Washington, United States — An 8.2 magnitude earthquake struck off the Alaskan peninsula late Wednesday, the United States Geological Survey said, prompting a tsunami warning.
The earthquake hit 56 miles (91 kilometers) southeast of the town of Perryville, the USGS said.
The quake struck at 10:15 pm Wednesday (0615 GMT Thursday). Perryville is a small village about 500 miles from Anchorage, Alaska’s biggest city.
The US government’s National Tsunami Warning Center immediately issued a tsunami alert for south Alaska and the Alaskan peninsula.
It initially warned of hazardous waves. About two hours later it gave an update that the forecast maximum height of any tsunami would be less than one foot (30 centimeters) above tide levels.
Tsunami warning sirens were broadcast across Kodiak, an island with a population of about 6,000 people, along Alaska’s coastline.
The warning center said any potential tsunami would hit Kodiak about 11:55 pm.
That time passed without any tsunami, according to a broadcaster on local radio station KMXT.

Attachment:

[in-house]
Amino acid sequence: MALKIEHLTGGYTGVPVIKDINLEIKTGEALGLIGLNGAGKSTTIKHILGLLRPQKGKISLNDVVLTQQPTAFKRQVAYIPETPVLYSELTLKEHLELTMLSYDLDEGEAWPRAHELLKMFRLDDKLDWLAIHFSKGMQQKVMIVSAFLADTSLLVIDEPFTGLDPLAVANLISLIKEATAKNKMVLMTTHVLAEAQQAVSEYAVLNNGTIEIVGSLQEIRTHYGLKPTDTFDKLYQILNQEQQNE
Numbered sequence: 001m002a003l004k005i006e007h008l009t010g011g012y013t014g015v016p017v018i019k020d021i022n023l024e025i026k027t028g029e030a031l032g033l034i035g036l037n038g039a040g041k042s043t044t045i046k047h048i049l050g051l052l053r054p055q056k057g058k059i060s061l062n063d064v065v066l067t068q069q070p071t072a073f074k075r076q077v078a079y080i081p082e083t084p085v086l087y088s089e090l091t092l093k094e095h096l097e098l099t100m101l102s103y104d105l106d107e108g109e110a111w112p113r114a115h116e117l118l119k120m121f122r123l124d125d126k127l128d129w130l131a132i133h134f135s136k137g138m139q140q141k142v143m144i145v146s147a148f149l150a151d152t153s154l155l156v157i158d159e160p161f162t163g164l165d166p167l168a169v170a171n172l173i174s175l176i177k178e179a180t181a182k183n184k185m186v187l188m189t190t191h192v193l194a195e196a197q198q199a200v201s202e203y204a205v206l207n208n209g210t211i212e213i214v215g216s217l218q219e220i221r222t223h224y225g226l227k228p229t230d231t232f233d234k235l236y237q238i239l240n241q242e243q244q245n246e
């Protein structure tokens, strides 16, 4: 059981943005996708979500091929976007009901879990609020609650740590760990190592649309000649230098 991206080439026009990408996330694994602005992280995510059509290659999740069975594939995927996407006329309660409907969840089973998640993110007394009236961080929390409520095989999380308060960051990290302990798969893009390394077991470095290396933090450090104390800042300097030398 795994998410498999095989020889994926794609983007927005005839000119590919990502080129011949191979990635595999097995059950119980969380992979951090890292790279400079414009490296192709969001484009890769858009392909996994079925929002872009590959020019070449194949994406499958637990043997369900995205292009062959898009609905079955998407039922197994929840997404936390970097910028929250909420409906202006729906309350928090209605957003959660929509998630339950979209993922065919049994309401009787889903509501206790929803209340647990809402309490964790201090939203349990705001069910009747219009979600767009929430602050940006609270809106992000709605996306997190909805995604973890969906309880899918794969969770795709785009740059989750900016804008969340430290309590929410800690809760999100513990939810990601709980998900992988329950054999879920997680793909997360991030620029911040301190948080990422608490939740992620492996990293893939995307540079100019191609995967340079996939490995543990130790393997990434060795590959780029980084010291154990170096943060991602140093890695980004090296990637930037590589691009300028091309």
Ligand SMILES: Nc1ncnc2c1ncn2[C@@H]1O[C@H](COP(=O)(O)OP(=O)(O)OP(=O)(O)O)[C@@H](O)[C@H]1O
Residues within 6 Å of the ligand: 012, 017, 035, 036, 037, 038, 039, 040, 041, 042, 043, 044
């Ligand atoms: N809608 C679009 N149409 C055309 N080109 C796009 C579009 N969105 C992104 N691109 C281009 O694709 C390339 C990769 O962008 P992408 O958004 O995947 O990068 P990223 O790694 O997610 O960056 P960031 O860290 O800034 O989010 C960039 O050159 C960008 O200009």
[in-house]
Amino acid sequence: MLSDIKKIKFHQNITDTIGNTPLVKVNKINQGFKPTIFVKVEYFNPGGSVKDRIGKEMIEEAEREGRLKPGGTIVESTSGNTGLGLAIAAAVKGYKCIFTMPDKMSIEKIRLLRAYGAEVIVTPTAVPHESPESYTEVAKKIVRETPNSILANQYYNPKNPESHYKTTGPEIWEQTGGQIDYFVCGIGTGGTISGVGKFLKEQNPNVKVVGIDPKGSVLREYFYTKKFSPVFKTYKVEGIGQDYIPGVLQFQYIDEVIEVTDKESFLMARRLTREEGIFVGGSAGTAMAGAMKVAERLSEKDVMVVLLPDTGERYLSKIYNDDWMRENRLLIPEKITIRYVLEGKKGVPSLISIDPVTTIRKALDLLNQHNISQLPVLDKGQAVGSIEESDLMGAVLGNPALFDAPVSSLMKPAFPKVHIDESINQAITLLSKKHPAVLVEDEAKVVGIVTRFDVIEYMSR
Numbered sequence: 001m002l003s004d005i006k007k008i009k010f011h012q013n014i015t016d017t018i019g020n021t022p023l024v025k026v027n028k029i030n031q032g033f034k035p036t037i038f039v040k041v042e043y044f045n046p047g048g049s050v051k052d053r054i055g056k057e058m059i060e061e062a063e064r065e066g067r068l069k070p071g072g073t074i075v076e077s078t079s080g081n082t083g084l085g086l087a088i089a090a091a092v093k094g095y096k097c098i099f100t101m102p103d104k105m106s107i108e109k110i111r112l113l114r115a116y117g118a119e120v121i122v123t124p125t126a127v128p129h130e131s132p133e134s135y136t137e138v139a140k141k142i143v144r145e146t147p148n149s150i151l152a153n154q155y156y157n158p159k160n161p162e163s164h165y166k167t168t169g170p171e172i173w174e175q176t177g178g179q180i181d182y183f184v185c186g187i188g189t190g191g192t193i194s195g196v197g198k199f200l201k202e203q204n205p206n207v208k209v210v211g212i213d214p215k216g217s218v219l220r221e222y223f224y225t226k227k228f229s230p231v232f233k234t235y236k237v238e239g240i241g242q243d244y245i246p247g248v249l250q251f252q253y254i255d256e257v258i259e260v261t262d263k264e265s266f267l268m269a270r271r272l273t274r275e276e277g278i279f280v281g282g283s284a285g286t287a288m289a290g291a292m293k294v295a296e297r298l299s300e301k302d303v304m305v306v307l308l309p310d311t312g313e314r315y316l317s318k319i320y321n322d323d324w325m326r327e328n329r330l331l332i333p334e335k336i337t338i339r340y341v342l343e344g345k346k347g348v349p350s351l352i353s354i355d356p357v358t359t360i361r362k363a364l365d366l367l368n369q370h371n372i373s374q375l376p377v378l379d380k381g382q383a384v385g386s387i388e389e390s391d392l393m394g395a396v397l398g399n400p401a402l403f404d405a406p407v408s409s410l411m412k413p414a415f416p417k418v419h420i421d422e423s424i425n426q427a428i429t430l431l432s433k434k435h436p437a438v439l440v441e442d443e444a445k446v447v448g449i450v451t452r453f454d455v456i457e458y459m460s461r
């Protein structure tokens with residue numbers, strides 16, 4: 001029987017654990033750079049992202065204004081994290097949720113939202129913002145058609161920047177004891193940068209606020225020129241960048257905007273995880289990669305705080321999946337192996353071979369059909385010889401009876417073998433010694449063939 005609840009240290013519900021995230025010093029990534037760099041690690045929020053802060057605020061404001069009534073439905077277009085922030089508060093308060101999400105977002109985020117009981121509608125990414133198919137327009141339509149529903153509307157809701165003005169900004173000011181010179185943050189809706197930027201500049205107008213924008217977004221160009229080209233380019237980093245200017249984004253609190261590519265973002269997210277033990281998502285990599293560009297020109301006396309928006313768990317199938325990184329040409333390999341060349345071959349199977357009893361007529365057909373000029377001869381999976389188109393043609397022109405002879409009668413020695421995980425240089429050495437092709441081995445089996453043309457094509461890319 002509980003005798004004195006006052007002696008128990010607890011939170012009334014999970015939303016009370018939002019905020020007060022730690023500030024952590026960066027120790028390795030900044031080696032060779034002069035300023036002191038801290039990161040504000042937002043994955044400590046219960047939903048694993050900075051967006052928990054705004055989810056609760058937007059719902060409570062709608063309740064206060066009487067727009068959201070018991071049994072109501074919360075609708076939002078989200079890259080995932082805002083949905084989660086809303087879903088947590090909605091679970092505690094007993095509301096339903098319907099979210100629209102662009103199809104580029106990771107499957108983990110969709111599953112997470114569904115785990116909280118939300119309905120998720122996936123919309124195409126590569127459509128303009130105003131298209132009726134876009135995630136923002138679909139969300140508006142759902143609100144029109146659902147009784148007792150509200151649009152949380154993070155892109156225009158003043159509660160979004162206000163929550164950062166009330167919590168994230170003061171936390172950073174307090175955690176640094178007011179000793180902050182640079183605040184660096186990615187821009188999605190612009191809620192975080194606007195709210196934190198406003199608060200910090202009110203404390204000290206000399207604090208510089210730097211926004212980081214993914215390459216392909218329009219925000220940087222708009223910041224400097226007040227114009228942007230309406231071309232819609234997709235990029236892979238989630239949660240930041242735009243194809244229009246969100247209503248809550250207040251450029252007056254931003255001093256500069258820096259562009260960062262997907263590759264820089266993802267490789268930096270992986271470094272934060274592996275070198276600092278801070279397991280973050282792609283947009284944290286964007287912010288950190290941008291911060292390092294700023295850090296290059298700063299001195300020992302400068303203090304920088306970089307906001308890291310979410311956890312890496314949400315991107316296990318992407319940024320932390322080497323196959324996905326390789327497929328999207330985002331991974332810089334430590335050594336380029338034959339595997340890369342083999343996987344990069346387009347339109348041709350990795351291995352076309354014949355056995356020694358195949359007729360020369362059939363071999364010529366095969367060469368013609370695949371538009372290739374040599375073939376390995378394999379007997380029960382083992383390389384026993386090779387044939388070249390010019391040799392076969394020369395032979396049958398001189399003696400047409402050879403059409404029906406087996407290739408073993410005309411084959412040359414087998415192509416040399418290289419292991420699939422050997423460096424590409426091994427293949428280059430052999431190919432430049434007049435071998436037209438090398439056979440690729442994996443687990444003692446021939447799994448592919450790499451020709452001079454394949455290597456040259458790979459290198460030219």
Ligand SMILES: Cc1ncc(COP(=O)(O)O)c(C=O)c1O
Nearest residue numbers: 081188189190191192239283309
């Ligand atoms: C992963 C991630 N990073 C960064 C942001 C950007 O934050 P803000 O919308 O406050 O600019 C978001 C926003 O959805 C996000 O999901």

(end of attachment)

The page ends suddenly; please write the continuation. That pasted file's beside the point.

Videos posted on social media by journalists and residents in Kodiak showed people driving away from the coast as warning sirens could be heard.
A tsunami watch was initially issued for Hawaii, meaning residents were required to stay away from beaches but was lifted about two hours later.
Five aftershocks were recorded within 90 minutes of the earthquake, the largest with a magnitude of 6.2, according to the USGS.
Alaska is part of the seismically active Pacific Ring of Fire.
Alaska was hit by a 9.2-magnitude earthquake in March 1964, the strongest ever recorded in North America.
It devastated Anchorage and unleashed a tsunami that slammed the Gulf of Alaska, the US west coast, and Hawaii.
More than 250 people were killed by the quake and the tsunami.
A 7.5 magnitude earthquake also caused tsunami waves in Alaska’s southern coast in October, but no casualties were reported.